By Cariad Hayes Thronson

Spring and summer 2018 saw frenzied activity around California WaterFix, the latest iteration of a decades-long, on-again-of-again effort to convey fresh water from the Sacramento River to the South Delta while bypassing the Delta itself. Governor Jerry Brown has made WaterFix a top priority, but the project – including twin tunnels comprising the largest infrastructure project in state history – still faces a raft of uncertainties. These include the new Bay-Delta Water Quality Control Plan, which sets flow objectives that some perceive as incompatible with the WaterFix, and reinitiated consultations over endangered fish. The uncertainties have not deterred major investors such as the Metropolitan Water District, which scoped out the benefits under various regulatory regimes and still finds the project worthwhile. But criticism remains that the Fix is a 20th century-style fix mismatched with 21st century conditions.

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Recent Milestones for the Twin Tunnels and WaterFix

By Cariad Hayes Thronson

Spring and summer 2018 saw frenzied activity around California WaterFix, the latest iteration of a decades-long, on-again-of-again effort to convey fresh water from the Sacramento River to the South Delta while bypassing the Delta itself. Governor Jerry Brown has made WaterFix a top priority, but the project – including twin tunnels comprising the largest infrastructure project in state history – still faces a raft of uncertainties. These include the new Bay-Delta Water Quality Control Plan, which sets flow objectives that some perceive as incompatible with the WaterFix, and reinitiated consultations over endangered fish. The uncertainties have not deterred major investors such as the Metropolitan Water District, which scoped out the benefits under various regulatory regimes and still finds the project worthwhile. But criticism remains that the Fix is a 20th century-style fix mismatched with 21st century conditions.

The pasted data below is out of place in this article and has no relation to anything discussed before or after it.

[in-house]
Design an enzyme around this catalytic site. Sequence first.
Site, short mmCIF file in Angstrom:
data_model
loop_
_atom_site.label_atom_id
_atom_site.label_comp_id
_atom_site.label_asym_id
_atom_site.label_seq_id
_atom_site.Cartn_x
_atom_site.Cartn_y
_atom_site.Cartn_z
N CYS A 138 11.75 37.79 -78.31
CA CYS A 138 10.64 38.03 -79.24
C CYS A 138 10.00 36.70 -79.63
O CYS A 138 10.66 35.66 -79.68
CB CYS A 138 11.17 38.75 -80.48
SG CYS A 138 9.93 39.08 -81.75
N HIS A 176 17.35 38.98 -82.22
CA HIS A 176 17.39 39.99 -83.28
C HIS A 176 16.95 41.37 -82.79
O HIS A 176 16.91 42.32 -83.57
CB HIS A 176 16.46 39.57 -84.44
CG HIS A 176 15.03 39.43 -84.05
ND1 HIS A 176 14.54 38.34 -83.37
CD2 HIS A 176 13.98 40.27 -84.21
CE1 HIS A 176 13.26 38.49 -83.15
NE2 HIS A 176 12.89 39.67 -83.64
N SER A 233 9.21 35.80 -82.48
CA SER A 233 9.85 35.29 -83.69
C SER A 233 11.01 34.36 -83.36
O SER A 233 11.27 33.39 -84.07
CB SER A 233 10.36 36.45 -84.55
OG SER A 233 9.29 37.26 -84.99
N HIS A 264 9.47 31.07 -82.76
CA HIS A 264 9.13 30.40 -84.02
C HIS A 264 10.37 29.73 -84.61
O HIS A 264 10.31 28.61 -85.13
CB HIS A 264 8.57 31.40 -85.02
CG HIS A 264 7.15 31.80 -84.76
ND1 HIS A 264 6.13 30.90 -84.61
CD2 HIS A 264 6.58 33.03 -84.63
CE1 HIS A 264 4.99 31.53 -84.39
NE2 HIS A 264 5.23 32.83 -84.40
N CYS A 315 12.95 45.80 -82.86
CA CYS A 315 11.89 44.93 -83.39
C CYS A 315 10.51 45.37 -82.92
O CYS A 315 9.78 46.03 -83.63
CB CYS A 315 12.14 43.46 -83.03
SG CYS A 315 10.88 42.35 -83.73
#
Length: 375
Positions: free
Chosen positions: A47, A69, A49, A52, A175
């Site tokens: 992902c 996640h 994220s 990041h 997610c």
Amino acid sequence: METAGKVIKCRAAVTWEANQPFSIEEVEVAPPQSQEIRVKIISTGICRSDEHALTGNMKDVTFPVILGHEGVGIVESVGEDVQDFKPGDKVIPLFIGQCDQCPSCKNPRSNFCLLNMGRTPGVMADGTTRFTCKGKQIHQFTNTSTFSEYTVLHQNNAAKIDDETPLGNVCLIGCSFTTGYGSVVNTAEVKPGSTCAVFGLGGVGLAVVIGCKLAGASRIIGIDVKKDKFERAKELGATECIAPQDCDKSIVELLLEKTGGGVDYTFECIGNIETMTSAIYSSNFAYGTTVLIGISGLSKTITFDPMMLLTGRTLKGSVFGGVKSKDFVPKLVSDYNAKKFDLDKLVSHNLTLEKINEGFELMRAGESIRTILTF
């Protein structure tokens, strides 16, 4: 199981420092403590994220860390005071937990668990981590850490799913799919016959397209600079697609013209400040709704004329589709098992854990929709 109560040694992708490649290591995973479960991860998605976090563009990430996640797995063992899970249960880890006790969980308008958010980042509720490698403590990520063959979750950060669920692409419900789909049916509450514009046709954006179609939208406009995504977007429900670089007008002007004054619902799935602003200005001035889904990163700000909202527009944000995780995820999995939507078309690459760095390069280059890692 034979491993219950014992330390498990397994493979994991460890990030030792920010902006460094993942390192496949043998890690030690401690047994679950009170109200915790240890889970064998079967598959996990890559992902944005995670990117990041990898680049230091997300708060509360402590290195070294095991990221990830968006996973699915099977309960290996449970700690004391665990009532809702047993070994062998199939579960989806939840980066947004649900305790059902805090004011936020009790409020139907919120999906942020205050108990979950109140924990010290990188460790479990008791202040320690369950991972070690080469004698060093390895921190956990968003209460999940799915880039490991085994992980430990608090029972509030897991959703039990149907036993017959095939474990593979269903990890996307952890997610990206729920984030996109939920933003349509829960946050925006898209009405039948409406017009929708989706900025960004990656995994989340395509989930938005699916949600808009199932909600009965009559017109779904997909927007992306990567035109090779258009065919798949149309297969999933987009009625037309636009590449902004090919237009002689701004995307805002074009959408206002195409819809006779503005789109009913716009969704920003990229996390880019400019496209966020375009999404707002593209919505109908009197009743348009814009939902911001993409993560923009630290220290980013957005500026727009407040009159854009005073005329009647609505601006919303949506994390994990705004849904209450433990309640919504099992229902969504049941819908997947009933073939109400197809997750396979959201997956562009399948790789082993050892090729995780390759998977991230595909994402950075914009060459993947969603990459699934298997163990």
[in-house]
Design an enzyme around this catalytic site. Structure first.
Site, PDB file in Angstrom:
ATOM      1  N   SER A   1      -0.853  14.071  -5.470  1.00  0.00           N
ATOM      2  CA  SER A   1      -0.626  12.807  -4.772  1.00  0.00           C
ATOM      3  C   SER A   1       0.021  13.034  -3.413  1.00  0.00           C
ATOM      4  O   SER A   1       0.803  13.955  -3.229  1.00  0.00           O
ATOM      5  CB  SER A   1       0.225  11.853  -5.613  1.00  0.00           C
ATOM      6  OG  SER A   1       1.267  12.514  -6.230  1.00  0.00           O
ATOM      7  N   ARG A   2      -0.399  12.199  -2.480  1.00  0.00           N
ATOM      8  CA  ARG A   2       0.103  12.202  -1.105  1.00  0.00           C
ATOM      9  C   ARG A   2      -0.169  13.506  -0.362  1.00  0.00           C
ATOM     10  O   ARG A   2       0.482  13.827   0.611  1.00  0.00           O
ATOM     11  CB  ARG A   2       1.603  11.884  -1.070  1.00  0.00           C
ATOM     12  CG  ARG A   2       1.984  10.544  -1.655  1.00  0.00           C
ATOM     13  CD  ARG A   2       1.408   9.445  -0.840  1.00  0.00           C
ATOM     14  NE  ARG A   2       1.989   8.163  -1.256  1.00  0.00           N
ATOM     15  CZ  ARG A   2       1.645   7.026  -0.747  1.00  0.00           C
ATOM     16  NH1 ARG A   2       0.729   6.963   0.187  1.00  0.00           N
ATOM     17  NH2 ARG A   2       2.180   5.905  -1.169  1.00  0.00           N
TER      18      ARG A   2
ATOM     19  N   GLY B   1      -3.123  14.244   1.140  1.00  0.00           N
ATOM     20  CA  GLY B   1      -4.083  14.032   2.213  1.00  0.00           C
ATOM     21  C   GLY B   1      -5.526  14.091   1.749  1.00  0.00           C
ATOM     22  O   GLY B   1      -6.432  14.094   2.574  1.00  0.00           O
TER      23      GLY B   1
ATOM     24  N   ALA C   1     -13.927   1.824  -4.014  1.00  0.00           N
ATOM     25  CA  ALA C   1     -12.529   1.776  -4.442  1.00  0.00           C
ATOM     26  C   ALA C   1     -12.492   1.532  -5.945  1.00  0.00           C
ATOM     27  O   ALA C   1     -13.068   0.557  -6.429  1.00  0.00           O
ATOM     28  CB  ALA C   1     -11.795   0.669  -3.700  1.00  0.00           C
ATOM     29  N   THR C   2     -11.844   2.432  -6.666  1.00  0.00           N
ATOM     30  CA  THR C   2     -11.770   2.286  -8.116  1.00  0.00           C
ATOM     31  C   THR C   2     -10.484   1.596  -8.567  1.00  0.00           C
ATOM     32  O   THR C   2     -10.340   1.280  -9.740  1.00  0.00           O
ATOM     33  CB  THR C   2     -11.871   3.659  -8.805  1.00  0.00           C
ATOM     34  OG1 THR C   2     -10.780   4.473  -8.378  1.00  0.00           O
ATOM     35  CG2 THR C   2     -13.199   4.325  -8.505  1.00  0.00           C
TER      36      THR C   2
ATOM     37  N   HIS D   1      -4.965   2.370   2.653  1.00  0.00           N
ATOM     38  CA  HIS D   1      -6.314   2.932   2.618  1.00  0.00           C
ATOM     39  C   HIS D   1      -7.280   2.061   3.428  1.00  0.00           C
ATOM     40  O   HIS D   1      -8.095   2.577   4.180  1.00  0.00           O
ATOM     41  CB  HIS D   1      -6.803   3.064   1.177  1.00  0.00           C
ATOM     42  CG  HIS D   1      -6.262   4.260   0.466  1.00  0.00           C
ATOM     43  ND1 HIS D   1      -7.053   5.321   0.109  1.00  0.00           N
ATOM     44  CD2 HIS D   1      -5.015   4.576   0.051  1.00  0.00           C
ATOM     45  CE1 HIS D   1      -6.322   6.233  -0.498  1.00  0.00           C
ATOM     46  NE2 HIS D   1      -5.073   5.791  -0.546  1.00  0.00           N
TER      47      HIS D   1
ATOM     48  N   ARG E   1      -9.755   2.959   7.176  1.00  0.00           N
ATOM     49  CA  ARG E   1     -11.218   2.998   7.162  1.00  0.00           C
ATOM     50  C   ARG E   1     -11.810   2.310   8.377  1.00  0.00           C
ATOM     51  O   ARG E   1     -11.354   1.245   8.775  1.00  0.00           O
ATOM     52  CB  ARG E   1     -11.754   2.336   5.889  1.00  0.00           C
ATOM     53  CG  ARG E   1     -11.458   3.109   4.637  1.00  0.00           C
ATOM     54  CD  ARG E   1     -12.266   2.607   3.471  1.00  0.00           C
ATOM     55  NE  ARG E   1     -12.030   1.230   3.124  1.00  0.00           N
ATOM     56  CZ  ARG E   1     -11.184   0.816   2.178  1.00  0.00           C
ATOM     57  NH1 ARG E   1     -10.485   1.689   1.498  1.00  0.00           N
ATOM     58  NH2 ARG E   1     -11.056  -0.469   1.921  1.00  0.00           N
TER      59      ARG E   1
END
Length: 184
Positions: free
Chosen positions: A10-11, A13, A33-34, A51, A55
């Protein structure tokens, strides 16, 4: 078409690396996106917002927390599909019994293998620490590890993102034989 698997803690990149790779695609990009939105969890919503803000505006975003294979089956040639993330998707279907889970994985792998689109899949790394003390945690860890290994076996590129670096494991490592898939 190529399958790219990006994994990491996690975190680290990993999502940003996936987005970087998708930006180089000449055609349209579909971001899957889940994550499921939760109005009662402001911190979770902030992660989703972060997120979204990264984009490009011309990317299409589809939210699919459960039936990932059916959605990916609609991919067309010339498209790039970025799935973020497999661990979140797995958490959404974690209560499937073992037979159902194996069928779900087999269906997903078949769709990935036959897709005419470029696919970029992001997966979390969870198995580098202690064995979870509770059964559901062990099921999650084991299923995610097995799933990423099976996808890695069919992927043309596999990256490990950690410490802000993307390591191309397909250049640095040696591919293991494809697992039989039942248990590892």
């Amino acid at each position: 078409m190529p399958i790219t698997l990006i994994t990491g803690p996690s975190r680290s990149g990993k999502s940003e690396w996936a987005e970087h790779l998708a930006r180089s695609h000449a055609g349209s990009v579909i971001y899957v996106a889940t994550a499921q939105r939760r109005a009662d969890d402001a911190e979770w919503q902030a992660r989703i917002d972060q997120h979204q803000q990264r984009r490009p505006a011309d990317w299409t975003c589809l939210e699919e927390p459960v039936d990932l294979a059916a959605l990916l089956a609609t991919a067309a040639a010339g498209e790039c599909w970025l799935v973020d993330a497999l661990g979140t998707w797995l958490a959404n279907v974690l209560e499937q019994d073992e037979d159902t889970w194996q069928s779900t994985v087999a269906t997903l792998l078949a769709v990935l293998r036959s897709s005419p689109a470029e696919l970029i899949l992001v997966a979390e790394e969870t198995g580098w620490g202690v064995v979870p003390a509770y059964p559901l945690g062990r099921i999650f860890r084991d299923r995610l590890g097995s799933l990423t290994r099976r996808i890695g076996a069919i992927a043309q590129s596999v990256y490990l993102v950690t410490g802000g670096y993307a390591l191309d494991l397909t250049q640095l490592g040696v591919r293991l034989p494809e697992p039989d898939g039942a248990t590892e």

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About the author

Cariad Hayes Thronson covers legal and political issues for Estuary News. She has served on the staffs of several national publications, including The American Lawyer. She is a long-time contributor to Estuary News, and some years ago served as its assistant editor. She lives in San Mateo with her husband and two children.

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